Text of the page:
WHO backs govt to tackle yellow- fever outbreaks in Delta, Enugu
By Ibeneme Ebelechukwu, Abuja
The World Health Organisation (WHO) has expressed its readiness to support the Nigeria Centre for Disease Control (NCDC) in Delta and Enugu states towards helping them to investigate and respond quickly to recent reported deaths from unknown cause in some communities now identified to be due to an outbreak of Yellow Fever.
WHO promise came as a result of the notification made to NCDC in early November by health ministries of both states, who notified the NCDC on cases presenting with symptoms indicating viral hemorrhagic fever.
The world health body said in a statement that it was working in conjunction with other health institutions in support of states public health teams and Rapid Response Teams (RRTs) that have been organised and trained in each of the affected states.
Outbreak investigation is ongoing in each state through the RRTs under the coordination of respective state ministries of health. Hospitals have been identified in each state and capacitated to manage patients who develop symptoms and complications.
The statement also noted as at 06 November 2020, three samples from Delta and one from Enugu tested positive for Yellow fever at Irrua Specialist Teaching Hospital Laboratory and NCDC’s National Reference Laboratory, Abuja. Additional blood samples have since similarly tested positive, hence, an outbreak of Yellow Fever was confirmed.
According to experts, yellow fever is caused by a virus spread through the bite of infected Aedes aegypti mosquitos. “This type of mosquito bites during the day. Some of those infected develop serious symptoms, including high fever, loss of appetite, nausea, muscle pains, headache and jaundice (yellowing of the skin and eyes). Some die from the complications of internal bleeding and organ failure”, a medical expert who spoke under anonymity said.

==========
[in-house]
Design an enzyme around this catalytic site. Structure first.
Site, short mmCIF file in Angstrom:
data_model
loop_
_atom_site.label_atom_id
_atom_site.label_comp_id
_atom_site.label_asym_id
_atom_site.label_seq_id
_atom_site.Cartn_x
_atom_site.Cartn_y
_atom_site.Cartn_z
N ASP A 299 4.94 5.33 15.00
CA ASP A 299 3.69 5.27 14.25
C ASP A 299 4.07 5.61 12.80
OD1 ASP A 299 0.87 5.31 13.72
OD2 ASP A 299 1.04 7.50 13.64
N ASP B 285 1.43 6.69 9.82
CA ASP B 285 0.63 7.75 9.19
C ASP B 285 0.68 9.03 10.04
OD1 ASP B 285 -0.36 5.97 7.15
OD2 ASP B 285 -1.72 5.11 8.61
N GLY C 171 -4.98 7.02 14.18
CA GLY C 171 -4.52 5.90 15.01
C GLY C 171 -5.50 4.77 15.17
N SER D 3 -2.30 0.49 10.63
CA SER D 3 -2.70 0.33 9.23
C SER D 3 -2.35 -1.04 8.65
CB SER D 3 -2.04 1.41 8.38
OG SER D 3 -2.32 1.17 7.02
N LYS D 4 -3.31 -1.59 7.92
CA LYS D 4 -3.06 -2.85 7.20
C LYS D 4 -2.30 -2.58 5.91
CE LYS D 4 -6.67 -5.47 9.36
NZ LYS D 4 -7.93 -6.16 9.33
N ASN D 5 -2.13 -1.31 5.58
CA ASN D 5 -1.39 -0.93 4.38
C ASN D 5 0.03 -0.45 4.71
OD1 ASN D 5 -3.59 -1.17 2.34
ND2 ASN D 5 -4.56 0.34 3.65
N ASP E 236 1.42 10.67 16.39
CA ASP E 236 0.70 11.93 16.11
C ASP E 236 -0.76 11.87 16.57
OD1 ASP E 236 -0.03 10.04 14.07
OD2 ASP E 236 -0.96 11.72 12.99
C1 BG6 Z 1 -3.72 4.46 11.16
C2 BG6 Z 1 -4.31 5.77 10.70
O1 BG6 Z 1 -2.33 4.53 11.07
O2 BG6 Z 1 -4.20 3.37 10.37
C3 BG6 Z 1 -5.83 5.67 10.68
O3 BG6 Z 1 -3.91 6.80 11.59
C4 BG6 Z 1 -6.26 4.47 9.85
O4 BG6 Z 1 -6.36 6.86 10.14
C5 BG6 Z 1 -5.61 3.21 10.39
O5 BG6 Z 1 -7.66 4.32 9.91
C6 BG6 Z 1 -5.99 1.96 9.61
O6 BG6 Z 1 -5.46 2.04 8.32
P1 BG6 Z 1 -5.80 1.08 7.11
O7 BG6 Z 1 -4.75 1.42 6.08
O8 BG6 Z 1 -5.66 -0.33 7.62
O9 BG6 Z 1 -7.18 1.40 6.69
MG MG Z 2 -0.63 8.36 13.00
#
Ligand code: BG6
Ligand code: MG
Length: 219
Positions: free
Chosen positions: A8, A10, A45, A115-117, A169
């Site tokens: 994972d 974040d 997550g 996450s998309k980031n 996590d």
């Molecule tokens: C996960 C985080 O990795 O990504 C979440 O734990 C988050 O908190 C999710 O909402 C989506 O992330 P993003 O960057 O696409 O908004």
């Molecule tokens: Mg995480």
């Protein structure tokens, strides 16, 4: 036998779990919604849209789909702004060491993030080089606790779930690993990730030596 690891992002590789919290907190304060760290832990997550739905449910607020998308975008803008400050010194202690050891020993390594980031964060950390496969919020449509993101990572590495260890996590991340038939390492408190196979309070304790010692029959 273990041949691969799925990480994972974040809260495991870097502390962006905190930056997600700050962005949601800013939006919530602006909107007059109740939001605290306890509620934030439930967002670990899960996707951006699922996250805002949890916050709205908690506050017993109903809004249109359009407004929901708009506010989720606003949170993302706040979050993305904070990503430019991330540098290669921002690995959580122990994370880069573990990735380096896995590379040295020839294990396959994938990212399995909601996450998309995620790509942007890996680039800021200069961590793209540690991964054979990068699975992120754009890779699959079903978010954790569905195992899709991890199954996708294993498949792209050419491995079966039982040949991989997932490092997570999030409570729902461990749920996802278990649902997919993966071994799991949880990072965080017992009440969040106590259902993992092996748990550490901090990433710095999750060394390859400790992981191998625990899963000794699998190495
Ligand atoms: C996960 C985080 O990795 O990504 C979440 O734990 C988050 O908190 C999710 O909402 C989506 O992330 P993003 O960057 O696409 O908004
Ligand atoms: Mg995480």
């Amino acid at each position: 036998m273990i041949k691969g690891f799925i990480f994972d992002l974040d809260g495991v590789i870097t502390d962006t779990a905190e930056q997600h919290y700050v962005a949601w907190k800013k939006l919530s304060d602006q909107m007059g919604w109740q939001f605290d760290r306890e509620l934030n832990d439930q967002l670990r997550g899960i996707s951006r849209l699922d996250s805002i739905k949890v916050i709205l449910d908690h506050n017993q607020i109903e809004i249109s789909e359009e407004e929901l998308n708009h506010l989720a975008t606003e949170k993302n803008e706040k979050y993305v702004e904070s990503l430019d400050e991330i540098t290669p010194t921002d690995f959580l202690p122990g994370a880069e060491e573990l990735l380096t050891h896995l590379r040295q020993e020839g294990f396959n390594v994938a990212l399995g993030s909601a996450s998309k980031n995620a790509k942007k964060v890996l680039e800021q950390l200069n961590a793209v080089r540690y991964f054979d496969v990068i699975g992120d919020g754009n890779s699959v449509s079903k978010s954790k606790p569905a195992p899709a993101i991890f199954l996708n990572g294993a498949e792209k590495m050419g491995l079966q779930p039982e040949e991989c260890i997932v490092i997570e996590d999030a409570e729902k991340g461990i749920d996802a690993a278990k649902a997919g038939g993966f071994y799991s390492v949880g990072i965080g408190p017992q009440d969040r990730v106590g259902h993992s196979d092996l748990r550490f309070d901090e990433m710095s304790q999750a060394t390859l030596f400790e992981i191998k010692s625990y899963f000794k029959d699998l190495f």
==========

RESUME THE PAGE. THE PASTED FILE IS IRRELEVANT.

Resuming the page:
“Infection with Yellow Fever virus is easily prevented by a vaccine that provides immunity for life. Large epidemics of yellow fever occur when infected people introduce the virus into heavily populated areas with high mosquito density and low vaccination coverage. In Delta State, for example, all cases have no history of Yellow fever vaccination, including a one-year-old baby”, she adds.
Investigations further revealed that adults who bring their children for immunization have always refused to receive yellow fever vaccination when offered by health workers.
Initiating a response to the outbreak, Enugu State Commissioner for Health, Dr Ikechukwu Emmanuel Obi during the EOC meeting after definitive diagnosis of the disease said that the disease had been reported from Etteh-Uno and Umuopu communities in Igbo-Eze north LGA. He indicated that the state RRT had done an outbreak investigation and identified those so far affected. He promised to facilitate a reactive Yellow fever mass vaccination intervention for the affected and neighboring LGAs.